Firefox Only as a Snap
As you may know, Firefox in Ubuntu 22.04 is a Snap package that runs in a sandbox. In other words, Ubuntu 22.04 finally removed the DEB package for the Firefox web browser from its repository.
Furthermore, when you try to install the deb package via apt, it simply reinstalls the Snap version!
So if you are wondering why this decision was made, faster updates are the main idea behind the transition. But certainly, this is one of the things that will cause the most controversy among Ubuntu users.
However, you can install Firefox as a classic DEB app by adding the unofficial “Mozilla Team” team PPA to your Ubuntu 22.04 repos. I clarify that the installation process is quite “tricky,” and I do not recommend it.
But if you wish to do so, here is our guide: How to Install Firefox as Classic DEB App on Ubuntu 22.04 LTS.
As we informed you last month, Ubuntu now has a new logo, and it’s making its debut in Ubuntu 22.04 LTS. The new Ubuntu logo can now be seen in the bootsplash, login screen, and the ‘About’ section of the system settings.
As you can see in the images above, the iconic ‘Circle of Friends’ motif that we’ve all come to know and love is now different. It’s more unified and tighter than the previous version. Most notably, the ‘Circle of Friends’ is no longer contained within a circle but rather within a rectangle.
Much of the software that comes with Ubuntu 22.04 LTS has been updated. Among the major packages that have been updated are:
- Firefox 99 Web Browser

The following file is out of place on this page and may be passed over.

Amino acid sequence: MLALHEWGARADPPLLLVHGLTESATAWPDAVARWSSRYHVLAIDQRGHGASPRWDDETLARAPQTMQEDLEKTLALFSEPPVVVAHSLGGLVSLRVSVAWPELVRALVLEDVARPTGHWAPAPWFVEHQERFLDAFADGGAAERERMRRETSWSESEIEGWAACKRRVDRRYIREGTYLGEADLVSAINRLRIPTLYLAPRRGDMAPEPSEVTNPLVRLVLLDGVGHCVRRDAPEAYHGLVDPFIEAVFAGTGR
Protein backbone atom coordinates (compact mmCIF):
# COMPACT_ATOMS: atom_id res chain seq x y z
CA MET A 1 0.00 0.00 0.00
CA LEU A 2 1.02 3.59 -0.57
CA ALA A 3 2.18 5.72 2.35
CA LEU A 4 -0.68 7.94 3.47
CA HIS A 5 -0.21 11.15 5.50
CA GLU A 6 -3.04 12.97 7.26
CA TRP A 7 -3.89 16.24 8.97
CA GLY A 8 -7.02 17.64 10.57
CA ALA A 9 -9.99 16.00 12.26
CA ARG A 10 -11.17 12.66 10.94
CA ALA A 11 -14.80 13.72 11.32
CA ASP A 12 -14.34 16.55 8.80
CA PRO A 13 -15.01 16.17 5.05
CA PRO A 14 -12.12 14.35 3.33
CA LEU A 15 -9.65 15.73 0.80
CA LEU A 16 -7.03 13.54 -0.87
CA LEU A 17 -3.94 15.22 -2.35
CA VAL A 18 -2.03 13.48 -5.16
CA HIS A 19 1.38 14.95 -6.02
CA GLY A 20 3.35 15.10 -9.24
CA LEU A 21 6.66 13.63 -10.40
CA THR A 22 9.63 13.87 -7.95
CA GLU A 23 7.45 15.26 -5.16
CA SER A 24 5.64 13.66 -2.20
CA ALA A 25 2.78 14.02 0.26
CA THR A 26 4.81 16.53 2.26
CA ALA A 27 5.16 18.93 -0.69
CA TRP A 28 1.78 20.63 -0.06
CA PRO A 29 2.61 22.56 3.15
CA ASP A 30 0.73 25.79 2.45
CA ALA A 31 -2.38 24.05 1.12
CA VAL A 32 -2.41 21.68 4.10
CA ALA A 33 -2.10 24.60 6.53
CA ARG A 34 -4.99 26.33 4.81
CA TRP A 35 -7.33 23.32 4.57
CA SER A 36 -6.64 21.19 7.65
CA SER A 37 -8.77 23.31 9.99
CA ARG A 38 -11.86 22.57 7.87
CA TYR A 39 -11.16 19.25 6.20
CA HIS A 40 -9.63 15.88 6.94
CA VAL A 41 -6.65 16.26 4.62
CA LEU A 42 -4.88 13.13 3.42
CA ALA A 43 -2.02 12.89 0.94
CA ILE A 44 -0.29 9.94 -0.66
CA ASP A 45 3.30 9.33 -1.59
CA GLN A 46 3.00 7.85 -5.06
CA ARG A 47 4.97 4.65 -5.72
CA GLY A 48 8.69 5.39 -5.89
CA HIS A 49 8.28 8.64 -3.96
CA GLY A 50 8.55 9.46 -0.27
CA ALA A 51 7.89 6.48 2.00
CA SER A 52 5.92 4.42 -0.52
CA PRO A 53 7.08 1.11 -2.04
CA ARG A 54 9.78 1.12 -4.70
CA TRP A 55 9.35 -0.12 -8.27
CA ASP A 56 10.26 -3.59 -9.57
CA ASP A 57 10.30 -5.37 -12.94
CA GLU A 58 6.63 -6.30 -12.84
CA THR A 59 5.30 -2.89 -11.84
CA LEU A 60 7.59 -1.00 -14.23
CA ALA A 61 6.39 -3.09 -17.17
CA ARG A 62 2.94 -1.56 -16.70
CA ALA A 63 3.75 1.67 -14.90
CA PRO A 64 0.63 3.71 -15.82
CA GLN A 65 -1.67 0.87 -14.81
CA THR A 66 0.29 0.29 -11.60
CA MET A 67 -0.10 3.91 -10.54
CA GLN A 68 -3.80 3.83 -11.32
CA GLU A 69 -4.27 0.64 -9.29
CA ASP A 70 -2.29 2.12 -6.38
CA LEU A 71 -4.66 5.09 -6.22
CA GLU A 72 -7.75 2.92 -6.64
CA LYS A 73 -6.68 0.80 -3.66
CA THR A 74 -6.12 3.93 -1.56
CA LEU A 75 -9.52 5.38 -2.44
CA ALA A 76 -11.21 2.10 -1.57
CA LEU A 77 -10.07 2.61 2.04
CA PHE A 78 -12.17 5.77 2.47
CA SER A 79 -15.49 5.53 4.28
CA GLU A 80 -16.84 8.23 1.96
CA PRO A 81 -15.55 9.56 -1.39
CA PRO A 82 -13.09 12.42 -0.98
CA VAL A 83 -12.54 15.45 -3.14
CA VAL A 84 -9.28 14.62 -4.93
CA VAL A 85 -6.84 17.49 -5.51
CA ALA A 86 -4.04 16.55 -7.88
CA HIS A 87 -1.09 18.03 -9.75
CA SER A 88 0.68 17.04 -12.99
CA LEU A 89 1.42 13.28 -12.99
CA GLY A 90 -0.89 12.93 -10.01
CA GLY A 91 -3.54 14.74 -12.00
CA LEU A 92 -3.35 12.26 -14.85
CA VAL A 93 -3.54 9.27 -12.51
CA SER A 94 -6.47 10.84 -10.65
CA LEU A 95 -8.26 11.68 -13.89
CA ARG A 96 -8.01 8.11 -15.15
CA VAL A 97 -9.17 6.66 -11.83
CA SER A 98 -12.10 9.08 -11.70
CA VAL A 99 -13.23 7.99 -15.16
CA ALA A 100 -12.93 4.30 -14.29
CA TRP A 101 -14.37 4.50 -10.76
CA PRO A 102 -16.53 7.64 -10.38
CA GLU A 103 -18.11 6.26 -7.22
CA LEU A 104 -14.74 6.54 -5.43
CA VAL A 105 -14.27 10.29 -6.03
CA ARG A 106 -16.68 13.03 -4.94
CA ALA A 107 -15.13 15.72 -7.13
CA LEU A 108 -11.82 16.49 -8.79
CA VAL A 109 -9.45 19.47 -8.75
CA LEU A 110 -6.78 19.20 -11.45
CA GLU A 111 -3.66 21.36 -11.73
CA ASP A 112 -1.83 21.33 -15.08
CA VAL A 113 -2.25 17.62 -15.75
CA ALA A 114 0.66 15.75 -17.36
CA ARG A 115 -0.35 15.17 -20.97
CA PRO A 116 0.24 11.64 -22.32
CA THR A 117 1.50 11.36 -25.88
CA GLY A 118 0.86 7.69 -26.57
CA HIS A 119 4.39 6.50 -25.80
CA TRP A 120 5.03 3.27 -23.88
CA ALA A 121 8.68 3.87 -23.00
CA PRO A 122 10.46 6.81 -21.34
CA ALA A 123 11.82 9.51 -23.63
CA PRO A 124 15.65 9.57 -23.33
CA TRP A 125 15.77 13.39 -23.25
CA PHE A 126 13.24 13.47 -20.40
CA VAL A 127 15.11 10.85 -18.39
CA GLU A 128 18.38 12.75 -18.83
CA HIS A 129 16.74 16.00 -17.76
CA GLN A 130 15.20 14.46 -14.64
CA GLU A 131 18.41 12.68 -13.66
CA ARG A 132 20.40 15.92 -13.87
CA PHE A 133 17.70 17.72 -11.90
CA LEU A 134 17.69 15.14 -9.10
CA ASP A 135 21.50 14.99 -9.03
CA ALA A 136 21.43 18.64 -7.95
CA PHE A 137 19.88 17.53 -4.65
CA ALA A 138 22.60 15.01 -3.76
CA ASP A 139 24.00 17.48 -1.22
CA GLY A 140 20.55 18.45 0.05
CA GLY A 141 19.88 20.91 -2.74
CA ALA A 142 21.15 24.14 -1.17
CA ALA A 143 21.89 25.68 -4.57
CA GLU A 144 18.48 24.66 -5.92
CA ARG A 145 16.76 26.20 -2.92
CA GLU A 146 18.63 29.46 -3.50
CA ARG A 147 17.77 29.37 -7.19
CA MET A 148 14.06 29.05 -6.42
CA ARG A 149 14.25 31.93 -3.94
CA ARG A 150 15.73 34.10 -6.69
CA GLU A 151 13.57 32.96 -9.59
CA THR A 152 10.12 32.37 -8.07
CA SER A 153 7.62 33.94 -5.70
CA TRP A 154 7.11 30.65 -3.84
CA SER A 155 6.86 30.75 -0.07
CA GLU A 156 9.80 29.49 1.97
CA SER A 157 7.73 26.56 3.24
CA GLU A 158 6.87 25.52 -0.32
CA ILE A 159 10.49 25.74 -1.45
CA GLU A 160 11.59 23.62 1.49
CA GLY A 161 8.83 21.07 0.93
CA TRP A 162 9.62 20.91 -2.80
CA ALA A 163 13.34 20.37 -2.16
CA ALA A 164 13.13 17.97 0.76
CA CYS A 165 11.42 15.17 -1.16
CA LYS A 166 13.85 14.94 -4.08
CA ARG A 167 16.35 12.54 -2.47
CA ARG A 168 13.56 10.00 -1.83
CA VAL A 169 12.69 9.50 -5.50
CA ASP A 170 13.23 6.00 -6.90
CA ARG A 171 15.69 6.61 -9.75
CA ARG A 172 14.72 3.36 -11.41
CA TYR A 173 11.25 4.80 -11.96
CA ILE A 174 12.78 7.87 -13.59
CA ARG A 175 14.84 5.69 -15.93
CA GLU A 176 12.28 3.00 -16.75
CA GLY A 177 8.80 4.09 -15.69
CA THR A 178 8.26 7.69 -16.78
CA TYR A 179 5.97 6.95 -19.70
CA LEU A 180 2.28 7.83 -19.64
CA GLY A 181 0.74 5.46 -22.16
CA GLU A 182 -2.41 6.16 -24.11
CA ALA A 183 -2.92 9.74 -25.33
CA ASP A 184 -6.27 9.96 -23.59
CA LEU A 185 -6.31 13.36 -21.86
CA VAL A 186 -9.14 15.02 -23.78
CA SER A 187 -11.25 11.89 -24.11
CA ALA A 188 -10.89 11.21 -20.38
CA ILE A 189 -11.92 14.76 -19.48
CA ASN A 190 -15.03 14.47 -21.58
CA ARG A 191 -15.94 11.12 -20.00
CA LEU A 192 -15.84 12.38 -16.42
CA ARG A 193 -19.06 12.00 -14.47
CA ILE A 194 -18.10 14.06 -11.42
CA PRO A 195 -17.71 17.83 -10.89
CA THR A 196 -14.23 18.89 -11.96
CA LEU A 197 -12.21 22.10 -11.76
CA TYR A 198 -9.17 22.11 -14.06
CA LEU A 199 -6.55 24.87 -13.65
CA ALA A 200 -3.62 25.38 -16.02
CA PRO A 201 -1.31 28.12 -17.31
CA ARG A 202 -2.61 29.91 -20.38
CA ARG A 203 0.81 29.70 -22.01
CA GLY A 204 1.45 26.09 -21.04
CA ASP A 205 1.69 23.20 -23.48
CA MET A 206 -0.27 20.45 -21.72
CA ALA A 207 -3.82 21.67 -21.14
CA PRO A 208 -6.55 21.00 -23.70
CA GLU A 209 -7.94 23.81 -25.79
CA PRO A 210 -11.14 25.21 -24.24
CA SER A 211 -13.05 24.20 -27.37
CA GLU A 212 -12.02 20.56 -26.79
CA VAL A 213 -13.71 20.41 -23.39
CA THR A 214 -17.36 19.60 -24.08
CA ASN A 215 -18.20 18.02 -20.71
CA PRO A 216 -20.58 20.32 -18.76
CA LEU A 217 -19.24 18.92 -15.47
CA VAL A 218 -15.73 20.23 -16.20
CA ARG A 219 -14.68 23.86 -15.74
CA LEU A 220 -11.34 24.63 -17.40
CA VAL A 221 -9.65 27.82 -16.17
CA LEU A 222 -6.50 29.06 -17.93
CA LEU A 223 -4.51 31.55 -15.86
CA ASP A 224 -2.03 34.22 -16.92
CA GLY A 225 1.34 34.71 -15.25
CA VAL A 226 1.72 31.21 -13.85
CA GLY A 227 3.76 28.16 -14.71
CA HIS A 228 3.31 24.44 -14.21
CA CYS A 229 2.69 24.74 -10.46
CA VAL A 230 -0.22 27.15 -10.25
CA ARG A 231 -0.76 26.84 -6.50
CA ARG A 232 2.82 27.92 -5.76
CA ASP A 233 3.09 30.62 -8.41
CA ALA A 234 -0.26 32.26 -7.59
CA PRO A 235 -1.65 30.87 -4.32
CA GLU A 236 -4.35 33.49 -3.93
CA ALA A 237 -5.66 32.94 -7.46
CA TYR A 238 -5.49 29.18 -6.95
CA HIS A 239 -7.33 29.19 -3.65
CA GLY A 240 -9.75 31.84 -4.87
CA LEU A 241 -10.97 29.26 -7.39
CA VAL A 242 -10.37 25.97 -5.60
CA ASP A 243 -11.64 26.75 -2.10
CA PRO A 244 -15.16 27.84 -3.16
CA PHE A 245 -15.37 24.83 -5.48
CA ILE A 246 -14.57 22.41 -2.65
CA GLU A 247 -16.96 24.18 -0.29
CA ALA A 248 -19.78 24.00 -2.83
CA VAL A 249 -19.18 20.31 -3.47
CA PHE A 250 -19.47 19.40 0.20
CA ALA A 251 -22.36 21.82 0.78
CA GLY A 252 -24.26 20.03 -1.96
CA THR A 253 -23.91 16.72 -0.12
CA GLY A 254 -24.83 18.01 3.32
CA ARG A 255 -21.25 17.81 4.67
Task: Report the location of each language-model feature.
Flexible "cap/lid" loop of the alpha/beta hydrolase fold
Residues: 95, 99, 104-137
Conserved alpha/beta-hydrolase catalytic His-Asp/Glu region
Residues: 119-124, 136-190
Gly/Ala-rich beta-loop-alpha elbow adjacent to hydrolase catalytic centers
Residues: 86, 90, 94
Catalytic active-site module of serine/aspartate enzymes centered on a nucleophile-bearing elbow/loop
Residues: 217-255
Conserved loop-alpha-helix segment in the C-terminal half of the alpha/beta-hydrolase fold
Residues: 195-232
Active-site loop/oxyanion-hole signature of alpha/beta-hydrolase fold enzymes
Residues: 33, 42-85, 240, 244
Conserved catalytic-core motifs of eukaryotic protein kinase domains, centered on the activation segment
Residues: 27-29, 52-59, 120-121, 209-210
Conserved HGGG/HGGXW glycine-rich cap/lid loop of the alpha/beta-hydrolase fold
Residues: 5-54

- Thunderbird 91.8 E-mail Client
- LibreOffice 7.3.2 Office Suite
- GIMP 2.10.30 Image Manipulation Program
- Remmina 1.4.25 Remote Desktop App
Under the hood, Ubuntu 22.04 LTS featured the Linux 5.15 kernel with better support for new hardware, optimized file systems, and the new NTFS file system driver named NTFS3.
Moreover, kernel 5.15 brings initial M1 support and a new SAMBA driver, delivering a fast kernel-space SMB3 module that integrates with user-space SAMBA tools and libraries.
Apart from those mentioned above, this LTS release comes with OpenSSL 3.0.2 Cryptographic Utility Toolkit and GCC 11.2 GNU Compiler Collection. Programming languages also received attention. In Jammy Jellyfish, you’ll also find Python 3.10 and Ruby 3.0.
On the database side, Ubuntu 22.04 users will be able to use MySQL 8.0 and PostgreSQL 14. In addition, Apache 2.4.52 and PHP 8.1 complete the LAMP stack.
Last but not least, the Ubuntu installer has also been improved, offering a better user experience.
Download Ubuntu 22.04 LTS ‘Jammy Jellyfish’
Ubuntu 22.04 LTS is now available for download. So you can grab the Desktop and Server ISO installation images by clicking the button below.
Users of Ubuntu 21.10 will soon be offered an automatic upgrade to 22.04. Users of 20.04 LTS will be offered the automatic upgrade when 22.04.1 LTS is released, which is scheduled for the 4th of August.
So, if you can’t wait until August, follow the steps in our great article “How to Upgrade Ubuntu 20.04 LTS to 22.04 LTS: A Step-by-Step Guide,” and you’ll be upgrading your current Ubuntu 20.04 system to Ubuntu 22.04 in no time.
I hope you’ll enjoy Ubuntu 22.04 LTS. Don’t forget to share your experience in the comment section below.